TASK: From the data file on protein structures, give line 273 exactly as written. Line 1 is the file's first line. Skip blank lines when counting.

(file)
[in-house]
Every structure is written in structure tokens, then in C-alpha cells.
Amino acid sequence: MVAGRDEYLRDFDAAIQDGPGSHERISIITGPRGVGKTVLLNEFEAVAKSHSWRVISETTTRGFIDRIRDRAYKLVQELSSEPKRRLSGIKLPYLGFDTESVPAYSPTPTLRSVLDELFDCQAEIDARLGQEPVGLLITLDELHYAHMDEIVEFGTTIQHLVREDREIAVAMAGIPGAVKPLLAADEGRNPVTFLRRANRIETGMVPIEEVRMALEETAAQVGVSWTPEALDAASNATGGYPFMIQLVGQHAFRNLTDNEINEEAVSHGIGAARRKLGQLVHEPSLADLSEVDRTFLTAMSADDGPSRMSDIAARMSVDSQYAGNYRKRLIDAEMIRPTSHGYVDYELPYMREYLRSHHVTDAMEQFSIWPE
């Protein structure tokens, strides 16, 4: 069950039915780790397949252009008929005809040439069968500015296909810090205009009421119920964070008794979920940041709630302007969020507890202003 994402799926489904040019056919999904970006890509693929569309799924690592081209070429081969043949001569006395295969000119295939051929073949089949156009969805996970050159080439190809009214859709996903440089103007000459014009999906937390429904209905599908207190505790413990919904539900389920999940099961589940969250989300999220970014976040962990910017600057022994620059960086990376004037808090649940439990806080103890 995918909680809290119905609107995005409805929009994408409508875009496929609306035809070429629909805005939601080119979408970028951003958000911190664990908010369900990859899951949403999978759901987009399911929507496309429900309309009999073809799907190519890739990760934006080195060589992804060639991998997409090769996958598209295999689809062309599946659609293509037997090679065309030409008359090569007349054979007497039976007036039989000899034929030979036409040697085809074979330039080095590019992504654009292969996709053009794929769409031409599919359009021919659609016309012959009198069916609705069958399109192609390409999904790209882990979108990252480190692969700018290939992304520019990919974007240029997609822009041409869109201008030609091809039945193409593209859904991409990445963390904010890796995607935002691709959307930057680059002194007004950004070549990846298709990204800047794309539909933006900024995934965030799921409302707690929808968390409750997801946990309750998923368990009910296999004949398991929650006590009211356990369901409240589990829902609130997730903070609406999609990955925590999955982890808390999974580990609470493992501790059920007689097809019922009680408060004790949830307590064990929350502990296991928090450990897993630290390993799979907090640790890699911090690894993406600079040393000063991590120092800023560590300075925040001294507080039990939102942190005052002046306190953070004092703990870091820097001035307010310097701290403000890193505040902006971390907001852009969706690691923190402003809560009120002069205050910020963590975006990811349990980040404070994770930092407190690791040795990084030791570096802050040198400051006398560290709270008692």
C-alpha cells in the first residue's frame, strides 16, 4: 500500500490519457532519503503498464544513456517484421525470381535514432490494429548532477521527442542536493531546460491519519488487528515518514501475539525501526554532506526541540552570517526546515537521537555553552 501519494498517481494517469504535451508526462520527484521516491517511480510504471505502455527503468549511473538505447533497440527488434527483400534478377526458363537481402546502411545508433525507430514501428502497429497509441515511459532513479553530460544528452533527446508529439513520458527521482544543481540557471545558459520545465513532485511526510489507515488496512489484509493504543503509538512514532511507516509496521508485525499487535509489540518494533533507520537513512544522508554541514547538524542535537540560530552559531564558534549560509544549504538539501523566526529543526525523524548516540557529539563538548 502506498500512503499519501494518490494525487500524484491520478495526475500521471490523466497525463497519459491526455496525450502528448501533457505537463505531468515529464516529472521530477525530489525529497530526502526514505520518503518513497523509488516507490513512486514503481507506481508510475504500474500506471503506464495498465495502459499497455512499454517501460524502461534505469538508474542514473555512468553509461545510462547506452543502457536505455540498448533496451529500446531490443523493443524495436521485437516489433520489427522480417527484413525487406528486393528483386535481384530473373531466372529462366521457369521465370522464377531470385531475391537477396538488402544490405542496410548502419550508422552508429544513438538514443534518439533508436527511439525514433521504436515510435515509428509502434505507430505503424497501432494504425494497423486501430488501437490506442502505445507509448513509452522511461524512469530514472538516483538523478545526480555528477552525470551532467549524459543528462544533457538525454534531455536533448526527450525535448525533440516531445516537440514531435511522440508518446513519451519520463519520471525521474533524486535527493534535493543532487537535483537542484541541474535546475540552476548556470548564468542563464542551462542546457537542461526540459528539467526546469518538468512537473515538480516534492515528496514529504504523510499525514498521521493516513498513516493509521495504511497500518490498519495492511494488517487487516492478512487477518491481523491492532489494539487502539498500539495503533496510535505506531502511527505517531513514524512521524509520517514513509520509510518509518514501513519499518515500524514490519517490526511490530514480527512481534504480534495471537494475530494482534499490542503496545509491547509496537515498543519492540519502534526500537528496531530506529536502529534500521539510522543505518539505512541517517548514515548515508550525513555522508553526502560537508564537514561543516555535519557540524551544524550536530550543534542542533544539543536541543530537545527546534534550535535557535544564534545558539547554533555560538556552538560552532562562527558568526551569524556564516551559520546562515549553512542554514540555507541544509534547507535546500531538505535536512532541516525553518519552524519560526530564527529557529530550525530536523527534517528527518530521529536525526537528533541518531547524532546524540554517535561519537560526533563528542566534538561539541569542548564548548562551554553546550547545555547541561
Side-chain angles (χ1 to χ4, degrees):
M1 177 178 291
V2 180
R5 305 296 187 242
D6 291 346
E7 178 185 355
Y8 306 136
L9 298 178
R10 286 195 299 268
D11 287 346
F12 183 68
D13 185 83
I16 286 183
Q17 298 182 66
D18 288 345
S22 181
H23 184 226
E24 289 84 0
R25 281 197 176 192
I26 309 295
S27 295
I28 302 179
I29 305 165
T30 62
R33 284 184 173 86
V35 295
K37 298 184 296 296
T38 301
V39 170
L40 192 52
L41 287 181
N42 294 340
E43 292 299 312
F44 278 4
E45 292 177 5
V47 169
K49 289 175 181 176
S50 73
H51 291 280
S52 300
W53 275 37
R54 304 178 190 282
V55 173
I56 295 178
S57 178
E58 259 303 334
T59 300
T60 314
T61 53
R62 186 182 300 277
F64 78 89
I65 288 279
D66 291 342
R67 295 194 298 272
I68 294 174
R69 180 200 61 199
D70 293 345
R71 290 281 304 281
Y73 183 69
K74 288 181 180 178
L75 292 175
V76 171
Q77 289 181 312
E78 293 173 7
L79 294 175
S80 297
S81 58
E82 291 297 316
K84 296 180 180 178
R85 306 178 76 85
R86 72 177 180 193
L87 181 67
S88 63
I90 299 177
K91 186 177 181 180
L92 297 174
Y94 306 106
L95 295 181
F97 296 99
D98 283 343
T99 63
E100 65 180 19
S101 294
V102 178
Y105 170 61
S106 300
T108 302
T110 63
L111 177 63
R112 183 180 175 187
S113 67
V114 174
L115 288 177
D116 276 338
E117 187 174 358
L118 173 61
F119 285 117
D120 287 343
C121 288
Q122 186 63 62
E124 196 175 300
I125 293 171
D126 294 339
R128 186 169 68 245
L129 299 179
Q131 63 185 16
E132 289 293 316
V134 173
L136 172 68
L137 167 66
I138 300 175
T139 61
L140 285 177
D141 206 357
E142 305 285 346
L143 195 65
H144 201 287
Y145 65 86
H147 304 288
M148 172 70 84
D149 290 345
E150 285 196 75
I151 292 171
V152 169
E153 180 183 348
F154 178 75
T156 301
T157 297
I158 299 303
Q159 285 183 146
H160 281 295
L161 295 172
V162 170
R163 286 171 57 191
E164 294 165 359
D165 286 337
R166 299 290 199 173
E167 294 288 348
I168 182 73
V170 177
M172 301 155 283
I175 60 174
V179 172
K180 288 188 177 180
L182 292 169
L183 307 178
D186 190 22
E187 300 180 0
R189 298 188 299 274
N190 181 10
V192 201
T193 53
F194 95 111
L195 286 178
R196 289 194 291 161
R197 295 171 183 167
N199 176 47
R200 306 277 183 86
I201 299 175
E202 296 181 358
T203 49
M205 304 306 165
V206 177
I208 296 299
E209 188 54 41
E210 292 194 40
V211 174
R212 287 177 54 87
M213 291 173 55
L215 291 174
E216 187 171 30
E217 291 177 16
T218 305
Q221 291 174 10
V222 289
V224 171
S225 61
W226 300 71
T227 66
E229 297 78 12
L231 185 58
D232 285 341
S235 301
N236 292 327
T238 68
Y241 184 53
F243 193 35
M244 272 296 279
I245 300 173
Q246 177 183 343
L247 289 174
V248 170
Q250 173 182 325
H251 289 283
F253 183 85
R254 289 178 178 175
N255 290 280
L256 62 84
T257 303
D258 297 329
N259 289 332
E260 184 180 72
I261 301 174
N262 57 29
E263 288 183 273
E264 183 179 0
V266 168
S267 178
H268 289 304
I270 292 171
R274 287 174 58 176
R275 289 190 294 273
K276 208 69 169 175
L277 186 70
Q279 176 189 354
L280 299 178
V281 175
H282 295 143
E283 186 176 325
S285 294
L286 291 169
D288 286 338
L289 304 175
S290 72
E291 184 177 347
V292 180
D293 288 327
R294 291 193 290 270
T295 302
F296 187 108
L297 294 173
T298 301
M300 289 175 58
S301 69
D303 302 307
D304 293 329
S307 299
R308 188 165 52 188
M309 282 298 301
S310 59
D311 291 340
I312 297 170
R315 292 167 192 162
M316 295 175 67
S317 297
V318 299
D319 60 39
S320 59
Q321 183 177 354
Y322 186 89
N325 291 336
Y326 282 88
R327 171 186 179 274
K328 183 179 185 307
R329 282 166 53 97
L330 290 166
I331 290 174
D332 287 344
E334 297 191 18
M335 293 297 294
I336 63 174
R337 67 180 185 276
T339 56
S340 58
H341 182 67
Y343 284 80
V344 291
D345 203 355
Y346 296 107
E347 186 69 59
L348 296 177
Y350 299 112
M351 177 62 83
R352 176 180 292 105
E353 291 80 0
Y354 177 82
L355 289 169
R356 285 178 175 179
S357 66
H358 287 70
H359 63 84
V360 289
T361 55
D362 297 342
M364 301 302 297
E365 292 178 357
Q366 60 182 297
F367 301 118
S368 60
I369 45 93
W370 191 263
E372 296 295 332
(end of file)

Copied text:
D345 203 355